For domestic bred mares, many of the relationships they would normally build over their lifetime are cut short or severely curtailed because of human involvement. We often wean the foals at four to six months of age, which in many cases severely stresses both the mare and the foal. We sometimes move our horses from barn to barn in search of the perfect set-up, which may not allow ample time for our horses to form new friendship bonds with their barn mates. In these cases we may need to provide substitute relationships for our horses; mares in particular seem to desire the extra security offered by these substitutes.
From the human point of view one of the most common relationship substitutes for our horses is the horse-human relationship. This might not be as fulfilling to the horse as we might like to think, especially if we are only seeing our horse a few hours per day on certain days each week. This type of relationship often requires a huge time commitment by the human that may not always be possible to fulfill. If this is the case you might also consider getting your horse a stable mate such as a goat or a cat, if no other horses are available.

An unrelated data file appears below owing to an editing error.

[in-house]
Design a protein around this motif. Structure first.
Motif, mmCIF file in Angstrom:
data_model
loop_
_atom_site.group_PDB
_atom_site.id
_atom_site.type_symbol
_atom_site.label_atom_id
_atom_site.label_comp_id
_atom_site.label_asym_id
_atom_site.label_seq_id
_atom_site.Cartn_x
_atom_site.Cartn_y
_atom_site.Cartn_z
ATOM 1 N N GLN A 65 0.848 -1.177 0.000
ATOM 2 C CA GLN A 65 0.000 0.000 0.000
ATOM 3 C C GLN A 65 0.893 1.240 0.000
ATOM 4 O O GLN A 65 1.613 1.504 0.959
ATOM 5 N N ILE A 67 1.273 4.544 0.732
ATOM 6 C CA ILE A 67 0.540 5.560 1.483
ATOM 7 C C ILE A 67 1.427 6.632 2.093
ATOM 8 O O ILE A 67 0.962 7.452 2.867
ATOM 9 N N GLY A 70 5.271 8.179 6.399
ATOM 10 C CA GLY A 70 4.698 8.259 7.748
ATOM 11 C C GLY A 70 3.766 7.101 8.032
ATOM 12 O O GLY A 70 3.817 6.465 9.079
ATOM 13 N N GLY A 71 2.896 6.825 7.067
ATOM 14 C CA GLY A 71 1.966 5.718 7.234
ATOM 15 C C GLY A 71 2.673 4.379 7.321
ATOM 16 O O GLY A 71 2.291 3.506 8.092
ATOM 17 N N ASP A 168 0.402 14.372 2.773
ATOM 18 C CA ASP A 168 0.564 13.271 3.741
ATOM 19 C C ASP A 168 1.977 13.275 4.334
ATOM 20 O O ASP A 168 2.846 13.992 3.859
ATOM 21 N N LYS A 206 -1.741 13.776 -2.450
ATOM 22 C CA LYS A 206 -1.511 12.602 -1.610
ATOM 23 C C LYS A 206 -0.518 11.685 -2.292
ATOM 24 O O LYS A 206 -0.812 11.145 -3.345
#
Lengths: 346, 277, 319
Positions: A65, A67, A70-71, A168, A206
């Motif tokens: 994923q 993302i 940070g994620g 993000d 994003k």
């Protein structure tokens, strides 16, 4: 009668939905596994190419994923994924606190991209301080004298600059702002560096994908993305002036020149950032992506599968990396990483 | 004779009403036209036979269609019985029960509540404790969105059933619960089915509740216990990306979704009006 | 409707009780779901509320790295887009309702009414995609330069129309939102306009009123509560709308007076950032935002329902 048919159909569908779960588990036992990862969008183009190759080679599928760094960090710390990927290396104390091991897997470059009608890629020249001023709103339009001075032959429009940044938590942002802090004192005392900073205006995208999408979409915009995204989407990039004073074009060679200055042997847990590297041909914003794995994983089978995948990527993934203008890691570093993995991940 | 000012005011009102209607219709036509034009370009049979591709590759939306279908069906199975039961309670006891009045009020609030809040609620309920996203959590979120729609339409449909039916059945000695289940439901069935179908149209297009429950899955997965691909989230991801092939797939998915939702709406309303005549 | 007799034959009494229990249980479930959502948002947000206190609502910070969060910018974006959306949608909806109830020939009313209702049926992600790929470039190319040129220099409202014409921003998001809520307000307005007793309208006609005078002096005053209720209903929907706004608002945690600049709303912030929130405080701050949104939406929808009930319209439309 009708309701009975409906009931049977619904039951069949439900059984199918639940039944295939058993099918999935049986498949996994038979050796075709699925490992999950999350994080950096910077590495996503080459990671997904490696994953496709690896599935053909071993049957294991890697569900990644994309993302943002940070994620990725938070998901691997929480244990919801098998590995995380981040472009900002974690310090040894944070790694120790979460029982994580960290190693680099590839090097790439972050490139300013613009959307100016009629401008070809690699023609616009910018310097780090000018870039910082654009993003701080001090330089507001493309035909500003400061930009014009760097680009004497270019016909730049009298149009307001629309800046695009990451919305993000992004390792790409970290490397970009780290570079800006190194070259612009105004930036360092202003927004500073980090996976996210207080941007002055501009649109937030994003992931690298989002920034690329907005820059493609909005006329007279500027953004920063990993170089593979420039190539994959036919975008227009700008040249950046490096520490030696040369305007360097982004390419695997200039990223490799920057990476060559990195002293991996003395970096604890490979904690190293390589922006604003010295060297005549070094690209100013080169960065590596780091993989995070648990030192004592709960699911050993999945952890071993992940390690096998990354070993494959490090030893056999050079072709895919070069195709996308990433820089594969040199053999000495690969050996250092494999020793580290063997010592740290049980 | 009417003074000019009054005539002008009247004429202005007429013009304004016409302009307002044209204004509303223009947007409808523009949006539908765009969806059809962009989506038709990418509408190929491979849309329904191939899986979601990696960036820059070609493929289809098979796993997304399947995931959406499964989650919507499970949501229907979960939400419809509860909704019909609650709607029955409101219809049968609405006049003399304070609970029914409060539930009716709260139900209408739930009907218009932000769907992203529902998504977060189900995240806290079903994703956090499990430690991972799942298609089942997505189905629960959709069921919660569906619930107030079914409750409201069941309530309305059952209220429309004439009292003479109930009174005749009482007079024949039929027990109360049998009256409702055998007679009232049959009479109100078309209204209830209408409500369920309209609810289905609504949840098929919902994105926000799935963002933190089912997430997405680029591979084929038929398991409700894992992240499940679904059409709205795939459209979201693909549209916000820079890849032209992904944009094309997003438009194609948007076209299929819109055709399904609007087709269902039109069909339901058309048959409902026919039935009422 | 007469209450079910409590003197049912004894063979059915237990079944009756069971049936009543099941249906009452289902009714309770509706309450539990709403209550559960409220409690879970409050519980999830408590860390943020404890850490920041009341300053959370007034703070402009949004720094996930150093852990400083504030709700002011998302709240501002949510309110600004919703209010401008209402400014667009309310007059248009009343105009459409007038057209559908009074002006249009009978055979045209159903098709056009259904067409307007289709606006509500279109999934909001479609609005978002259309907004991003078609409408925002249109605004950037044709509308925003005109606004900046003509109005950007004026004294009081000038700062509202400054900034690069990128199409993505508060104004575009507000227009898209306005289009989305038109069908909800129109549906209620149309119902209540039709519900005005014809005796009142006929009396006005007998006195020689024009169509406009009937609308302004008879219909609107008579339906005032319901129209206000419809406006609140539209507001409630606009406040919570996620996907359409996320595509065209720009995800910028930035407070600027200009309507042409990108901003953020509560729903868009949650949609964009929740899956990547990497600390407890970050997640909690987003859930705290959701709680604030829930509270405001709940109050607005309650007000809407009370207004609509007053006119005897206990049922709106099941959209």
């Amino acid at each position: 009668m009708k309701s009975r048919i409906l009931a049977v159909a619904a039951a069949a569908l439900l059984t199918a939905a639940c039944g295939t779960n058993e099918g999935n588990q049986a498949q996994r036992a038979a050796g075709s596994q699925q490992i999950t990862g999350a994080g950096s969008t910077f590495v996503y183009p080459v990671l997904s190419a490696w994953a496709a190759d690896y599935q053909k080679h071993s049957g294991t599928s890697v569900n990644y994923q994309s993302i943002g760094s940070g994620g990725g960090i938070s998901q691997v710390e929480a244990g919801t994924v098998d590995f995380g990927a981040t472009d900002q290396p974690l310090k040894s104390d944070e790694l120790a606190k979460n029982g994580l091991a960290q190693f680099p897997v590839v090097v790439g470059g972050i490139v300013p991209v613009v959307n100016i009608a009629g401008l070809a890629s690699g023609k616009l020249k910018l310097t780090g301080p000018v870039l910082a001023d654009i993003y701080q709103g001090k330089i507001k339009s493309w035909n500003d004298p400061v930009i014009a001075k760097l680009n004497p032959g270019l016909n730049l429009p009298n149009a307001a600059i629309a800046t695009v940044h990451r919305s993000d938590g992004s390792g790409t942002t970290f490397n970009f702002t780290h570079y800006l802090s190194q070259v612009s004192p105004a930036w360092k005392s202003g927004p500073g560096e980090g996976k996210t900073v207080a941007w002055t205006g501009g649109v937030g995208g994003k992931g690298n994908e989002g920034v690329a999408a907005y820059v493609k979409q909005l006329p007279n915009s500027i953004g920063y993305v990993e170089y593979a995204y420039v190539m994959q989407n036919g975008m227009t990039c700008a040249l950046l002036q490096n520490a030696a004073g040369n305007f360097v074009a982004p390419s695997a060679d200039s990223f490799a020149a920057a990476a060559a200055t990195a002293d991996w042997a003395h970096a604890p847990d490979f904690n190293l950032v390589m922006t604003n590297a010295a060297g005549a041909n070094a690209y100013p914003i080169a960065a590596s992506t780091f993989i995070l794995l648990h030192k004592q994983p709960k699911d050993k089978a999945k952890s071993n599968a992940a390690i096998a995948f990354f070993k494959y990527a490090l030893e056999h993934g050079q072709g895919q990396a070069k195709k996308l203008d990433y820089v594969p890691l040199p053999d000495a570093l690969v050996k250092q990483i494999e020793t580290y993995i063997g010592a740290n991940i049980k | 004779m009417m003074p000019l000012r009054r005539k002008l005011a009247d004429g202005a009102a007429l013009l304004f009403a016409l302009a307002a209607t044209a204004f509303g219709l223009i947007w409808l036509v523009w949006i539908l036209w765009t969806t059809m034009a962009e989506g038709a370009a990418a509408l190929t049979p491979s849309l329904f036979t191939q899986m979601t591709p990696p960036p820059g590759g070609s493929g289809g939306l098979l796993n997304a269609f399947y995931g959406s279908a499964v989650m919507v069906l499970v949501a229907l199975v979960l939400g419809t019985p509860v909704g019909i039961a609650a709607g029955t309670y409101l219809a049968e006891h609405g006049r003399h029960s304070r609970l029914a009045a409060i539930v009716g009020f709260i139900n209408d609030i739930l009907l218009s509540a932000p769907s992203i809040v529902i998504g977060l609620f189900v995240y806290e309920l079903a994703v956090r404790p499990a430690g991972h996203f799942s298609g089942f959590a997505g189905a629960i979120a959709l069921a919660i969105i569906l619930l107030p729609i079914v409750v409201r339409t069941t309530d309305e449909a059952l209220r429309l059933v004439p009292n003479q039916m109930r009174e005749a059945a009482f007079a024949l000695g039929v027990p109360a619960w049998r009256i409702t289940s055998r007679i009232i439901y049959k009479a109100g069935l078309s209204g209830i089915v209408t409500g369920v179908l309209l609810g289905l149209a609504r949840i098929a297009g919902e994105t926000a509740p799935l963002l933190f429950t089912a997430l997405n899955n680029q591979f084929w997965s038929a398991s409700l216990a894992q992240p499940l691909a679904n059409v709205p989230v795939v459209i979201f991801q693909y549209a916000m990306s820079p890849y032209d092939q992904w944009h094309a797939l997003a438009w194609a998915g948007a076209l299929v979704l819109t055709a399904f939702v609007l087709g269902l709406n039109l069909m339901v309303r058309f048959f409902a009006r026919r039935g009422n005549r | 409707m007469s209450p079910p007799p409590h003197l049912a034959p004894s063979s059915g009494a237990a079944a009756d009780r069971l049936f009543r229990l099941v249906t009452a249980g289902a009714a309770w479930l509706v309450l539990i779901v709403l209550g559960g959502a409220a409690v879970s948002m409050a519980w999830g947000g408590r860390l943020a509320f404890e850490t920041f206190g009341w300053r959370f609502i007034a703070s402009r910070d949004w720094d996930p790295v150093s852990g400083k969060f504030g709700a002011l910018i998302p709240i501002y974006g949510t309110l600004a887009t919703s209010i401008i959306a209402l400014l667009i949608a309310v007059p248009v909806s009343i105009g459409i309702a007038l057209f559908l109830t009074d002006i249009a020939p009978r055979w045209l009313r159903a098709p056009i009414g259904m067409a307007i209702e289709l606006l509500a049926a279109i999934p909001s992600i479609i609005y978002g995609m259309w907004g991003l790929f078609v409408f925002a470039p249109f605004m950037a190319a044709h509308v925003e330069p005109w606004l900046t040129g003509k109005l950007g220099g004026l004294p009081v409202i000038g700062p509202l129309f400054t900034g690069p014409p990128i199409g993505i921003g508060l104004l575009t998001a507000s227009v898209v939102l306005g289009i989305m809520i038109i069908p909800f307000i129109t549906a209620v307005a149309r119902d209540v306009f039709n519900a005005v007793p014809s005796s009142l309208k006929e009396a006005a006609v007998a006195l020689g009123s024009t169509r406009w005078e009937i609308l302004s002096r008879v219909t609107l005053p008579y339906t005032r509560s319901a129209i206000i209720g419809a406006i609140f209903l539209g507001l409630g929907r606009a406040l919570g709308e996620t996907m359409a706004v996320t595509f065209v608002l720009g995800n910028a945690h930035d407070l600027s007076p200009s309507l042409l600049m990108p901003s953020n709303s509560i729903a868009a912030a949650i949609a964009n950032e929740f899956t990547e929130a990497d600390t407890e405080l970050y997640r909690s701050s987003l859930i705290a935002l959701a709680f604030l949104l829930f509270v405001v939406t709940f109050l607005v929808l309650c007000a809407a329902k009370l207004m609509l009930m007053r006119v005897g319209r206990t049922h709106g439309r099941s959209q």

For stallions and geldings things tend to be a little different. Most stallions form and live in bachelor bands for their entire lives. It appears the stallions start leaving the family groups to form bachelor bands at about two years of age. These bachelor bands can be made up of just a few stallions to as many as ten stallions. The bachelor bands can be made up of siblings or new horses from other herds. Few stallions ever get accepted back into a mare band, as few stallions seem to have the presence, leadership ability, equine etiquette, and desire to help run a herd.
Most geldings and stallions tend to take direction from humans fairly well with little to no questioning, but the smarter the horses, the more likely they will want to understand why they are being asked to do things.
Stallions can show some hormonally induced behavioral changes that are very similar to mares. Mood swings can be common during breeding season. Stiffness under saddle or an unidentifiable minor hind-end lameness issue, head tossing, appetite changes, and inability to concentrate, can be signs of possible hormonal problems in stallions. These problems tend to happen more during breeding season than any other time according to the many people with whom I spoke.